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Old 12-23-2001
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Trailer Tongue Weight and Sway

Since I changed vans ( I went from a 94 to a 98 chevy van ) I''ve had a problem with sway when towing my SJ-26 , usually caused by a semi passing at high speed . Yesterday I decided to check my trailer tongue weight and found it to be 260 lbs . The manual said it should be 150 to 200 lbs . If I lower the tongue weight to the recommended 150 lbs does anybody think it will help my sway problem ?
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Old 12-26-2001
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Trailer Tongue Weight and Sway

I''ve always found that sway was caused by not enough tongue weight. I had a 25 ft Cape Dory that would sway all over the road when towed anywhere close to 50 mph. I moved the undercarriage of the trailer back about 7 inches on the trailer frame and that solved the problem completely .....Rick
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Old 03-19-2011
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That extra tongue weight should not be the cause. I would look first at your tires for air pressure. I have seen sway started because of a wobbly connection in the receiver and extra loose ball clamp.
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Old 03-19-2011
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If it happens when a semi passes you, that's just the laws of physics reminding you that you have a boat behind your van.
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Old 03-19-2011
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Quote:
Originally Posted by PaulTV View Post
If I lower the tongue weight to the recommended 150 lbs does anybody think it will help my sway problem ?
Do not do this. It can kill you. Sway is often the result of too little tongue weight. More is usually better but too much and you can start bouncing the front axle off the road. You need to figure out what the weight distribution is before you start experimenting.

You're missing an important piece of information - the total rig weight. Any figures in the manual are probably way off by the time you add gear, fuel, water, and hang an engine off the transom so you need to drag it into a truck scale and find out what the weight is on the trailer axles.

Total weight = tongue weight + axle weight.
%tongue weight = tongue weight / total weight.

Most bumper pull boat trailer manufacturers recommend between 5 to 10 percent tongue weight, occasionally 10 to 15 percent. 10% usually makes for a stable tow.

As Redfin says, while you're at it look for loose parts, misaligned axles, or other mechanical problems. I'd bet though that you have a light tongued rig that is responding differently to a change in suspension geometry with the new van.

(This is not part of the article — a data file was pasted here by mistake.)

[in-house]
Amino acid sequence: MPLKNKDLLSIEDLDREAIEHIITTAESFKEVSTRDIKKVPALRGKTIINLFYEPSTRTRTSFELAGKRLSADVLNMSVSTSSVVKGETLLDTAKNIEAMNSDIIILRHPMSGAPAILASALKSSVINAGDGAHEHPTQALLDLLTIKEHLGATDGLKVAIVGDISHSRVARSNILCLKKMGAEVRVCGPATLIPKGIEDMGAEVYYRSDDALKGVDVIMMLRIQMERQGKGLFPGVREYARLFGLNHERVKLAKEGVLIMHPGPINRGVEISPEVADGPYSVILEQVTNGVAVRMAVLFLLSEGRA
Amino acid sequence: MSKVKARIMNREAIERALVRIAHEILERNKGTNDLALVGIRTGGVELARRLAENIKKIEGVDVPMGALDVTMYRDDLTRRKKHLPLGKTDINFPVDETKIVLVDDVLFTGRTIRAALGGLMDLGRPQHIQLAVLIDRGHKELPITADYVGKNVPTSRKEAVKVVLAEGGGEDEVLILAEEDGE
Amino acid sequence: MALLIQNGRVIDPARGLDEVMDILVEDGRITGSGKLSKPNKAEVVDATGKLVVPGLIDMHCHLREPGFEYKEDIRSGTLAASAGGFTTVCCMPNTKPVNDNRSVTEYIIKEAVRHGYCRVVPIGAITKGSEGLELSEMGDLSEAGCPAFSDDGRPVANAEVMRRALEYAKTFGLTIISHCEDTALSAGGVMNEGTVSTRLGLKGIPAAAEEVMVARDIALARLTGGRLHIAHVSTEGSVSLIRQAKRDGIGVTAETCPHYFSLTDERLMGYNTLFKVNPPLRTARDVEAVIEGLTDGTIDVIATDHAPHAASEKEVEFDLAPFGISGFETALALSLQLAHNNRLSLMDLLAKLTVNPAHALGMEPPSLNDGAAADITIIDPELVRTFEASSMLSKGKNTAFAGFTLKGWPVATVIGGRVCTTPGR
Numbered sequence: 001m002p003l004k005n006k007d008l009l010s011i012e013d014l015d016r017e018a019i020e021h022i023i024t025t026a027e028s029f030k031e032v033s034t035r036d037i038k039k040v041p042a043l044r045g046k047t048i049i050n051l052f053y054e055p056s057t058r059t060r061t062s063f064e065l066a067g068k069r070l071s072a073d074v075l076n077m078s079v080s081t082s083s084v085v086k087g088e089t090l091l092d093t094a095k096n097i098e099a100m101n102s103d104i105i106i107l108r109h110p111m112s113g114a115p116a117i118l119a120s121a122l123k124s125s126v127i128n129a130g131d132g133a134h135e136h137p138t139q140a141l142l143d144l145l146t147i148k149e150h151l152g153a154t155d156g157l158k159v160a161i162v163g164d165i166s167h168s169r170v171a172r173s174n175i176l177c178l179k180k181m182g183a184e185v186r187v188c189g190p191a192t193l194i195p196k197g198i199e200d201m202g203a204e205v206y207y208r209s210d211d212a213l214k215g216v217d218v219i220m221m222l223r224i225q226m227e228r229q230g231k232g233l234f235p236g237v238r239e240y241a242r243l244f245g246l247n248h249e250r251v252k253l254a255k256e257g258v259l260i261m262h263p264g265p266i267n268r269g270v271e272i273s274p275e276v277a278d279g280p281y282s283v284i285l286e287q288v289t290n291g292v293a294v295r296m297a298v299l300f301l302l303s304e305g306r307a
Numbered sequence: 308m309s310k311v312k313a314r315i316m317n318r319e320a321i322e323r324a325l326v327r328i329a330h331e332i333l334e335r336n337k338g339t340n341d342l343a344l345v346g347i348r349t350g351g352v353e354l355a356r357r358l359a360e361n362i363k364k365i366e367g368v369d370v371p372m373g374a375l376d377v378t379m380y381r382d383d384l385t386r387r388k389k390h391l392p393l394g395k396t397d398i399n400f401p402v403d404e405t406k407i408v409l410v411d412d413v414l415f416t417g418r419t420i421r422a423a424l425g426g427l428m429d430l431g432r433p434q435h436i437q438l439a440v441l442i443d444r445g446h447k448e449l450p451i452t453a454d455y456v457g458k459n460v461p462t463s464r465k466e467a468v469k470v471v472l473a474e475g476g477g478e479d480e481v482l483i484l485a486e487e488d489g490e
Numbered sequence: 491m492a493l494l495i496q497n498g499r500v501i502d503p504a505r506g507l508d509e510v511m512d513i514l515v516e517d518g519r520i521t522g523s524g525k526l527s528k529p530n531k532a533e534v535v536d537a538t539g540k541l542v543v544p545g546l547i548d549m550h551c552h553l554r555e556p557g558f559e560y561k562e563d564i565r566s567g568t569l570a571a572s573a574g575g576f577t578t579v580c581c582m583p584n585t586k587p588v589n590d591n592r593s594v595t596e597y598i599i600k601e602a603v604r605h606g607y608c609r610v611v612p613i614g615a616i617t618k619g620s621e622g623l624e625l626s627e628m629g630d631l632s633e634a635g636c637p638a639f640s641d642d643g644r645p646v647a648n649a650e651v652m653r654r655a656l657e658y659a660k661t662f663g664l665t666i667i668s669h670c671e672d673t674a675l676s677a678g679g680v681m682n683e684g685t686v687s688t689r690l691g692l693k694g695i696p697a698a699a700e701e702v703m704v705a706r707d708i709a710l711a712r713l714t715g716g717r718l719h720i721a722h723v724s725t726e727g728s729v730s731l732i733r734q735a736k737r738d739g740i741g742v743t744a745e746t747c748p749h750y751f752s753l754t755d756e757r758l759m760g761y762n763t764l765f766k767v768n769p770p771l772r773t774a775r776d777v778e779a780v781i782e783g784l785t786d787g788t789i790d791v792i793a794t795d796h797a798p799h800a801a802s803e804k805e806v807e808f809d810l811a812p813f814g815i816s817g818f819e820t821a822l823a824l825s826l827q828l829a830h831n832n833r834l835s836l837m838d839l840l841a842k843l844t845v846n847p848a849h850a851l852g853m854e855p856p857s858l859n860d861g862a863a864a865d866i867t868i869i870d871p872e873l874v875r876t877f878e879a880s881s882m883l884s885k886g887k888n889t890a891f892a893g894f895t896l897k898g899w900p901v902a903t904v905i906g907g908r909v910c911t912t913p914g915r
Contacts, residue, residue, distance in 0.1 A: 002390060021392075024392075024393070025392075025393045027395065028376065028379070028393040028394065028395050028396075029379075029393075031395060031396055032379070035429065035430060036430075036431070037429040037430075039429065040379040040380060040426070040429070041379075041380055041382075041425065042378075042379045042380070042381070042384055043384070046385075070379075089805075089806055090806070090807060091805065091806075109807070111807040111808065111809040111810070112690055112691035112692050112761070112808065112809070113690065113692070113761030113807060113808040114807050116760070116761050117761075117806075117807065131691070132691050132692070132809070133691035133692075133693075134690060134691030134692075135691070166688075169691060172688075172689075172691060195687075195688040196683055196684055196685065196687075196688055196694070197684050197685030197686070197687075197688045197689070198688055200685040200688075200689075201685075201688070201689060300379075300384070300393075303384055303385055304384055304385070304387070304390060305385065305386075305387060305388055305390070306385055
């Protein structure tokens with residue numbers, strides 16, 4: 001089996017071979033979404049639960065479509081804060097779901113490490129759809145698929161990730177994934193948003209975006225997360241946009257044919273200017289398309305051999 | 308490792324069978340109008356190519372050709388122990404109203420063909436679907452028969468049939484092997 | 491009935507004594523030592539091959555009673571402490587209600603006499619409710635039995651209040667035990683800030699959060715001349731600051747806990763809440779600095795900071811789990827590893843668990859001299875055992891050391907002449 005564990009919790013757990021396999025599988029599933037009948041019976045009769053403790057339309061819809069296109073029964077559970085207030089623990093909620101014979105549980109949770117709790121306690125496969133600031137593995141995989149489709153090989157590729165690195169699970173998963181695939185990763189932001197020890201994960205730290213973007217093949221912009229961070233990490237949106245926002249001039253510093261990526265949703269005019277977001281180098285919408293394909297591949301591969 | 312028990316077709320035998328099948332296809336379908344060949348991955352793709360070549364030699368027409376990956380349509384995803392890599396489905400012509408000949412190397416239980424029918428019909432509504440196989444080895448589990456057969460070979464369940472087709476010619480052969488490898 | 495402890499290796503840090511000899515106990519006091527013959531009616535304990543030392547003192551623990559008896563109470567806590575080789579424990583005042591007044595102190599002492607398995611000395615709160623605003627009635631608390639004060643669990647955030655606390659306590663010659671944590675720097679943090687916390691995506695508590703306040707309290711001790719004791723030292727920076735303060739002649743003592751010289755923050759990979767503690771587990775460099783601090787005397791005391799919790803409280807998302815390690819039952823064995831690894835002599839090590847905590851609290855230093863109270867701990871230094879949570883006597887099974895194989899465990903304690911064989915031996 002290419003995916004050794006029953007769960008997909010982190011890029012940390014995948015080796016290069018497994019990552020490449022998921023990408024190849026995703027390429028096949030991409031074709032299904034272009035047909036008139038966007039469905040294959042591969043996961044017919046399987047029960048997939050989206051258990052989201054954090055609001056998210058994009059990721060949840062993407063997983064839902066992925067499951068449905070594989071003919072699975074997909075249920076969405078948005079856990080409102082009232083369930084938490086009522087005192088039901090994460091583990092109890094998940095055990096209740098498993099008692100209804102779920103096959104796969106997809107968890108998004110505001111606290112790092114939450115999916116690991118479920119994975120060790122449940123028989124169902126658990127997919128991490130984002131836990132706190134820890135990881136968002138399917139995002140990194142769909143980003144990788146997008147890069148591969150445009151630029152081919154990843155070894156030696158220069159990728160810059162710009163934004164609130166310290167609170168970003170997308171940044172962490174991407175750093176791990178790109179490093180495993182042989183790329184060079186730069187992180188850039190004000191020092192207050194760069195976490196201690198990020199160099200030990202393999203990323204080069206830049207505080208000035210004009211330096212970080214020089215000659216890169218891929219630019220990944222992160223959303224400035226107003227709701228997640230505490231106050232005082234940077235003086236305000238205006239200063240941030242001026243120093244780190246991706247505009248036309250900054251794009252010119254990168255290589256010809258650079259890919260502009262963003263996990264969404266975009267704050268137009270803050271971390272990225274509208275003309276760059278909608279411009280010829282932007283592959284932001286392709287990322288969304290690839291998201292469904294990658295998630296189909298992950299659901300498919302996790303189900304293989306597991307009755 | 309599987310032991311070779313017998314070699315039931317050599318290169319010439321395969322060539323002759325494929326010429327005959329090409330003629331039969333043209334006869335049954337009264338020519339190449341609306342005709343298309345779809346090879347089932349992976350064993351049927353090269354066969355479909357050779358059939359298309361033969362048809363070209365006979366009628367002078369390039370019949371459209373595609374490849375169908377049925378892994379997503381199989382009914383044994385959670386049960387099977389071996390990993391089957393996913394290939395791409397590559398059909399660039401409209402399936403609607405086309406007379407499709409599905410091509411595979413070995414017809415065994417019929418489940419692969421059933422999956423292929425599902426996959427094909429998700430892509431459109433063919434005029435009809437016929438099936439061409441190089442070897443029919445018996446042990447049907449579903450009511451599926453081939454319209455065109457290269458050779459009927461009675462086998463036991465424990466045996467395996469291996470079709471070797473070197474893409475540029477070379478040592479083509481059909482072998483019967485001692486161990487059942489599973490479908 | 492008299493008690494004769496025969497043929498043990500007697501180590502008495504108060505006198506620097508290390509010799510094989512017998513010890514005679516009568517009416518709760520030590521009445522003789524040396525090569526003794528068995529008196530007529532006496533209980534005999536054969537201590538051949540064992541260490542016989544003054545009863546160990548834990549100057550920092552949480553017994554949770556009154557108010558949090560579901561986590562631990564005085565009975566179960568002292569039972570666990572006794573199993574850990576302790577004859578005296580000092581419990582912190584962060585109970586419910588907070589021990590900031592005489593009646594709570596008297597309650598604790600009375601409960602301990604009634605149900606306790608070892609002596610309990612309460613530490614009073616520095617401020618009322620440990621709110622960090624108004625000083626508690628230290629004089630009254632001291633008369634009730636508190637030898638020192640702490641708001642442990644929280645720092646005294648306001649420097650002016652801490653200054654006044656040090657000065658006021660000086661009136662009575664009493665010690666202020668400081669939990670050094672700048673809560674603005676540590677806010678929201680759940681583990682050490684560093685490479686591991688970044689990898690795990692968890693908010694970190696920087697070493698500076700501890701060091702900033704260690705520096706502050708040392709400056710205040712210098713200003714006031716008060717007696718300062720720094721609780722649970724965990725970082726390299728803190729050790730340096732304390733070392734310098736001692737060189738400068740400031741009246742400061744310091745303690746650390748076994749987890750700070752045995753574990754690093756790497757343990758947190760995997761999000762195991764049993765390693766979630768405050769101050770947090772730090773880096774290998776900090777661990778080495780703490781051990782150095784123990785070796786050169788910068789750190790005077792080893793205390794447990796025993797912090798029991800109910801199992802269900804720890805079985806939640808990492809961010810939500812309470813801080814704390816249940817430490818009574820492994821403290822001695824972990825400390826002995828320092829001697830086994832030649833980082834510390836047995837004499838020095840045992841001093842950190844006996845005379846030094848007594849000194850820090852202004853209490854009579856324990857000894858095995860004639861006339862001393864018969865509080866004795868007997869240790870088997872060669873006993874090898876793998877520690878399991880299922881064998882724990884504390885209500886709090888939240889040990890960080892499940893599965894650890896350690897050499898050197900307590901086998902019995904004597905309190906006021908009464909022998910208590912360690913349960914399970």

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Old 03-20-2011
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I had a Skipjack 20 powerboat, trailer and boat about 4,000 lbs.
Trailer manufacturer recommended 10 to 15% of total to be
on the tongue. I weighed the tongue weight at a truck stop
scale at about 400 lbs. The hitch was frame mounted with
everything tight and secure, on a Ford F-250 long wheelbase
pickup, towed perfectly with little effect from side winds or
passing semis. I have read not to use a load compensating
hitch if you have surge brakes.

Dabnis
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Old 03-20-2011
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I would agree, 10-15% hitch wt for a proper tow, but then again, the OP posted this back in 2001, so 10 yrs ago........think he still has a problem?

Marty
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Old 03-20-2011
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This is a subject that I've written about extensively over the past three decades. First and foremost, the tongue weight should be 5 to 7.5- percent of the rigs total weight. This includes the boat, motor, trailer, batteries, fuel, cooler chests filled with booze, etc.. The only way to obtain an accurate assessment of this is to take the boat to the nearest truck stop that has scales, or a state weigh station and have it weighed. Most of the time there is no charge for this and you can find the scales in close proximity to where you live.

Once the total weight figure is obtained, calculate the tongue weight using the 5 to 7.5-percent figures. If you have access to an accurate, portable scale that will measure heavier weights, so much the better. If not, you can still measure the weight using an ordinary bathroom scale and a few other items.